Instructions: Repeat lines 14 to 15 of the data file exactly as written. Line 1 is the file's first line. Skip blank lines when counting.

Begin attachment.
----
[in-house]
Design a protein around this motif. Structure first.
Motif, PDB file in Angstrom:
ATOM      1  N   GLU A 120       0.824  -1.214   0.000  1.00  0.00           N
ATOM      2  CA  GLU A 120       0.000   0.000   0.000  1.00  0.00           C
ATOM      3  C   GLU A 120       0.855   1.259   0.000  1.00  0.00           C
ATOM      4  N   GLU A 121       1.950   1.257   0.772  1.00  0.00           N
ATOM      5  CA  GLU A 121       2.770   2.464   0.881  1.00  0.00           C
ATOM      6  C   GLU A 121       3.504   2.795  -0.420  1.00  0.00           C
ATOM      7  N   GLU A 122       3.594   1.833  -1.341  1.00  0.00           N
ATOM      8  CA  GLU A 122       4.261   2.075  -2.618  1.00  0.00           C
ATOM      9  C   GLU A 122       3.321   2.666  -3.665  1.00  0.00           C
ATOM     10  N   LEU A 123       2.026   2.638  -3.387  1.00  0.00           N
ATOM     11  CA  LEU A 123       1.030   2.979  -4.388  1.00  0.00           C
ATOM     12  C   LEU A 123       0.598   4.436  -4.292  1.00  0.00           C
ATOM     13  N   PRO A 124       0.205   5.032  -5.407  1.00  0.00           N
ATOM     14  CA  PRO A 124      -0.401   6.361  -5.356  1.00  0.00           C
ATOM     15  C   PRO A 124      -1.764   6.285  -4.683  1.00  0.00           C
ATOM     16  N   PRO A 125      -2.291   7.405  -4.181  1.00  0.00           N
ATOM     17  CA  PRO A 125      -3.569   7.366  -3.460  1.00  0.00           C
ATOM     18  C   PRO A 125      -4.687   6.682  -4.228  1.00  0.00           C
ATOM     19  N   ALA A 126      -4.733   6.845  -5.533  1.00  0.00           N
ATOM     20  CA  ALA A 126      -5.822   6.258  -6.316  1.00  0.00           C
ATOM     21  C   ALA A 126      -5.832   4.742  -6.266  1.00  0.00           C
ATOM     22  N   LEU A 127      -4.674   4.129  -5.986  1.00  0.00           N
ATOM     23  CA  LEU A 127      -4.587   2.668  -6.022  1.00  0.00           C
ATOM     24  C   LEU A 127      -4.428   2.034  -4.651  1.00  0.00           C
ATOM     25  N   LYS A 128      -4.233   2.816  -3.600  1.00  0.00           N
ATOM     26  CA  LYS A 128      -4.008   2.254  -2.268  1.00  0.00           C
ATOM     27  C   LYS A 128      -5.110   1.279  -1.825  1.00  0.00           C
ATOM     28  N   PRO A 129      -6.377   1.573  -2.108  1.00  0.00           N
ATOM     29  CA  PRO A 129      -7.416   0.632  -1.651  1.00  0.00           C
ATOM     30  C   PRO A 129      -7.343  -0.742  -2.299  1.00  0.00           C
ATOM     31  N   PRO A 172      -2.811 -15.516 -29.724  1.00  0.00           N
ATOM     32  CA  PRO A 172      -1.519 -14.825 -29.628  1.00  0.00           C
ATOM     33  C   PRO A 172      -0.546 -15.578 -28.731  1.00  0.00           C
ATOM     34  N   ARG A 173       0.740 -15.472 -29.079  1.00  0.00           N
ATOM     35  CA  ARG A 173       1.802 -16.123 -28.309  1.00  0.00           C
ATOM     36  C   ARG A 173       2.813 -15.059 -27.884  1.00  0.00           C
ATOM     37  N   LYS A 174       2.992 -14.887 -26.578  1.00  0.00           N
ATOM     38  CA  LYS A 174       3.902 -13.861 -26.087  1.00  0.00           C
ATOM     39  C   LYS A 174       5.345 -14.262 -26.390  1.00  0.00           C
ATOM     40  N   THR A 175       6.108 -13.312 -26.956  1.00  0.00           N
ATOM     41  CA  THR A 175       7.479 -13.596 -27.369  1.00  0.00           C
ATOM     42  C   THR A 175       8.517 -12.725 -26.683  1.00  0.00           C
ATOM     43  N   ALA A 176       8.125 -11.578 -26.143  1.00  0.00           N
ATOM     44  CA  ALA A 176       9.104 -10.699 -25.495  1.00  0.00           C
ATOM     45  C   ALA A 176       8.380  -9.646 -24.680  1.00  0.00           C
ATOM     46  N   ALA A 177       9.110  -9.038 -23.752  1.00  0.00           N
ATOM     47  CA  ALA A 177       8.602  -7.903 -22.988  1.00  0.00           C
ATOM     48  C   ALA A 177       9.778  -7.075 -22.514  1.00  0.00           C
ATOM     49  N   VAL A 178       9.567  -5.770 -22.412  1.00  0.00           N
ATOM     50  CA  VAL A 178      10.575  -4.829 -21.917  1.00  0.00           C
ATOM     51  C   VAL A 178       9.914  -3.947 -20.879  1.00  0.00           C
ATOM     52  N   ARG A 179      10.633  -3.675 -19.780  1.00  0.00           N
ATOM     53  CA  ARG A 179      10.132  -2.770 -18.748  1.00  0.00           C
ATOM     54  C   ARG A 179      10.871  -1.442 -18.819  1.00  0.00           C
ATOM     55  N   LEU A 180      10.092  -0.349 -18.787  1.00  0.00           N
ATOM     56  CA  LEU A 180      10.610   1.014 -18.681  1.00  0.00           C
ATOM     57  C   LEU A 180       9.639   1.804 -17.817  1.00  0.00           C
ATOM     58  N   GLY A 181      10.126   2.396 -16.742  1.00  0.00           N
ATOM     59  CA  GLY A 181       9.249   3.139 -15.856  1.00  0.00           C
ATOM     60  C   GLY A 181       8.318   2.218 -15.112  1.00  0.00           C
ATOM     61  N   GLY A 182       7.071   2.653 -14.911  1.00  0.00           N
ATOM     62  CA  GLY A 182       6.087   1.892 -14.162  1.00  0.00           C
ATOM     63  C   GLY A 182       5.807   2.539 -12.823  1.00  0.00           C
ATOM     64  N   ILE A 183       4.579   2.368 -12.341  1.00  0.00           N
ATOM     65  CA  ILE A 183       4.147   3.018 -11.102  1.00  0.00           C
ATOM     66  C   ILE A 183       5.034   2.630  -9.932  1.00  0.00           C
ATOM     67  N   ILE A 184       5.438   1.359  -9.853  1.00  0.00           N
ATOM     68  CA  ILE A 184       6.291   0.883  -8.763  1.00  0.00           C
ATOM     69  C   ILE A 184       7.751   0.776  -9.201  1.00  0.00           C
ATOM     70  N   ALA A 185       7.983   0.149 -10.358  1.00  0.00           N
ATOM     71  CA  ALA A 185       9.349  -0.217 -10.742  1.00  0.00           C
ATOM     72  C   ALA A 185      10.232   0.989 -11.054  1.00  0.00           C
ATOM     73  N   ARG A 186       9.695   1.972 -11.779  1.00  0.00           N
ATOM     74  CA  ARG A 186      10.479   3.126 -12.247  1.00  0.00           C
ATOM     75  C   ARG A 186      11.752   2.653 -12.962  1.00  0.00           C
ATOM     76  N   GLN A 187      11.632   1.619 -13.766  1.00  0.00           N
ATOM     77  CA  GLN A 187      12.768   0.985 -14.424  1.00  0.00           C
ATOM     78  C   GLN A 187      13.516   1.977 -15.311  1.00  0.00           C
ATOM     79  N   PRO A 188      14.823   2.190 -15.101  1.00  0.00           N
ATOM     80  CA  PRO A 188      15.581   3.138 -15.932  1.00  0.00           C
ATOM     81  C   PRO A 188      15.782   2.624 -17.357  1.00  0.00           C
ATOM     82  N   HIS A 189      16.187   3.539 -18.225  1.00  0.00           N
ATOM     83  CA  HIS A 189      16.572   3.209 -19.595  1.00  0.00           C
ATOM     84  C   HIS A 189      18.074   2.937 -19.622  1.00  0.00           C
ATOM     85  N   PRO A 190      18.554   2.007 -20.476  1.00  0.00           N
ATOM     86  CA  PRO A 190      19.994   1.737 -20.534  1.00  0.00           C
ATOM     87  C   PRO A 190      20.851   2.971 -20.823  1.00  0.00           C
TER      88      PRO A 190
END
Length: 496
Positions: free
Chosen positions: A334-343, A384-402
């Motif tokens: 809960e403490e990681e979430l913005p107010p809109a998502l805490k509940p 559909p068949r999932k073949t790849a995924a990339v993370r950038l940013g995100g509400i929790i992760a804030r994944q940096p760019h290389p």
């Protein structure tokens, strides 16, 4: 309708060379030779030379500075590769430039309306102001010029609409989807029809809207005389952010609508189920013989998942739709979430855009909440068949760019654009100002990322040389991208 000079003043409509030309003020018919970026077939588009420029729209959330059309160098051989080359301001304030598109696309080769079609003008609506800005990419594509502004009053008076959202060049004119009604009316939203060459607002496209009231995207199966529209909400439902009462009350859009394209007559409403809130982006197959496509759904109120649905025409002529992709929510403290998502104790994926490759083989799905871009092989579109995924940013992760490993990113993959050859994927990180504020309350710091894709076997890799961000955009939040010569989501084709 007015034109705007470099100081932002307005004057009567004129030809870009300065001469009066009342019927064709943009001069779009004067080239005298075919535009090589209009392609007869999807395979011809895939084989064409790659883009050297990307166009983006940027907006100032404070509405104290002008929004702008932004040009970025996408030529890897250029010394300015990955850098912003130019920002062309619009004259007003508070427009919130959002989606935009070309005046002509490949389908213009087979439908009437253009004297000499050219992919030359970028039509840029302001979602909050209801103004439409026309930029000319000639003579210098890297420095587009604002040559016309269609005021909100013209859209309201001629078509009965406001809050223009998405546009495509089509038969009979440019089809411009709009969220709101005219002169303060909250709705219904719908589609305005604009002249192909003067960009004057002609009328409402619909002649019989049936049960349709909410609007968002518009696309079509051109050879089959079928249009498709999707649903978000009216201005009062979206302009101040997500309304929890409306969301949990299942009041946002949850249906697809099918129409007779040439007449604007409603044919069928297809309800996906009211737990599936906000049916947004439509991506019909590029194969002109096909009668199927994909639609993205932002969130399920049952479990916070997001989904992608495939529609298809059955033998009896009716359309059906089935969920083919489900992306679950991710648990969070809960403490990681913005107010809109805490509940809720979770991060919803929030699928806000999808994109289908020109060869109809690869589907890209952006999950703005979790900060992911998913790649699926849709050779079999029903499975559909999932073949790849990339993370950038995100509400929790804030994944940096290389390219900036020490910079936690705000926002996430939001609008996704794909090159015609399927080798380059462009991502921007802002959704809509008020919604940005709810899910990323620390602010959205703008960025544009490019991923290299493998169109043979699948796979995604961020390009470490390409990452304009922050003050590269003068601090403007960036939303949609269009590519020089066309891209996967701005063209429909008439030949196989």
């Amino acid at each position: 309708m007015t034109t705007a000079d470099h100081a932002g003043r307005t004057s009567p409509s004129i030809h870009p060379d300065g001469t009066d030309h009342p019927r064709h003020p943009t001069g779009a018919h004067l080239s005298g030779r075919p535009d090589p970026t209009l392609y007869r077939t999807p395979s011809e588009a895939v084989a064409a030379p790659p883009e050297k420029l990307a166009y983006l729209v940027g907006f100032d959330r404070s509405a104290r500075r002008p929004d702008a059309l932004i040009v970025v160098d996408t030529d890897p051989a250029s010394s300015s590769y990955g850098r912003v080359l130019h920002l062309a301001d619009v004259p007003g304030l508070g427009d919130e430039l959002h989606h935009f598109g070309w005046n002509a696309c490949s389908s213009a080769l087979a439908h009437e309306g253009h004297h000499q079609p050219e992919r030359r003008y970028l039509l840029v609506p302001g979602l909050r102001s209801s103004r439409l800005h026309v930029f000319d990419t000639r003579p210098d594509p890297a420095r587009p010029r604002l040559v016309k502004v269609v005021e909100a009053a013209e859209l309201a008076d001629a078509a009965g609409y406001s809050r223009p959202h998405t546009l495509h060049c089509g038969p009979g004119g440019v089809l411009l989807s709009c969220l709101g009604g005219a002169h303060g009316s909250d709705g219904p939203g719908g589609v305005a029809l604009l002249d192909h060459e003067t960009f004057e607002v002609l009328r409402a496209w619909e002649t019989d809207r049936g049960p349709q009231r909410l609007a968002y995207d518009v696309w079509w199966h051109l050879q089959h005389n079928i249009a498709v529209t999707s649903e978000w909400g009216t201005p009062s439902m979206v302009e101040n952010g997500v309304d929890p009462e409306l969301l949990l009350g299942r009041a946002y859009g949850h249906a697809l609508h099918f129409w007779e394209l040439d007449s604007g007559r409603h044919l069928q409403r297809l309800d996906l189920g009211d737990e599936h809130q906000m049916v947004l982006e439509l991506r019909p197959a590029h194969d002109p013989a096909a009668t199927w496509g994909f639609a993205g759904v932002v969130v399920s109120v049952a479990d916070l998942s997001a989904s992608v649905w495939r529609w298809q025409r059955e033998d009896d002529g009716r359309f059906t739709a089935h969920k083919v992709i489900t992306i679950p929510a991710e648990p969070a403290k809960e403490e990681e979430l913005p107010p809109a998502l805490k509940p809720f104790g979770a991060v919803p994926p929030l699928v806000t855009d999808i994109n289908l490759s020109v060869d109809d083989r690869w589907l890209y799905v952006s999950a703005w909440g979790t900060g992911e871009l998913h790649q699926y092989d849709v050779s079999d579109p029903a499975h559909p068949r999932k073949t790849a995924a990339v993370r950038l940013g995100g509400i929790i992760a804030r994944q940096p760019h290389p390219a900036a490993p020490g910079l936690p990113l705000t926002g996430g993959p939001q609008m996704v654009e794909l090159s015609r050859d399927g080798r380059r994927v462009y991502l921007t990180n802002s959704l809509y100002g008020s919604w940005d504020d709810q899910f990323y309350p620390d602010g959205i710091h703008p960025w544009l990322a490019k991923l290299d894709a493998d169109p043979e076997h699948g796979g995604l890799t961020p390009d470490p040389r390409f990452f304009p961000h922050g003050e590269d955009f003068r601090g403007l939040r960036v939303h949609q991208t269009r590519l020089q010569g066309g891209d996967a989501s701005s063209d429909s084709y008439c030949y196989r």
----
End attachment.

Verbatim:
ATOM     11  CA  LEU A 123       1.030   2.979  -4.388  1.00  0.00           C
ATOM     12  C   LEU A 123       0.598   4.436  -4.292  1.00  0.00           C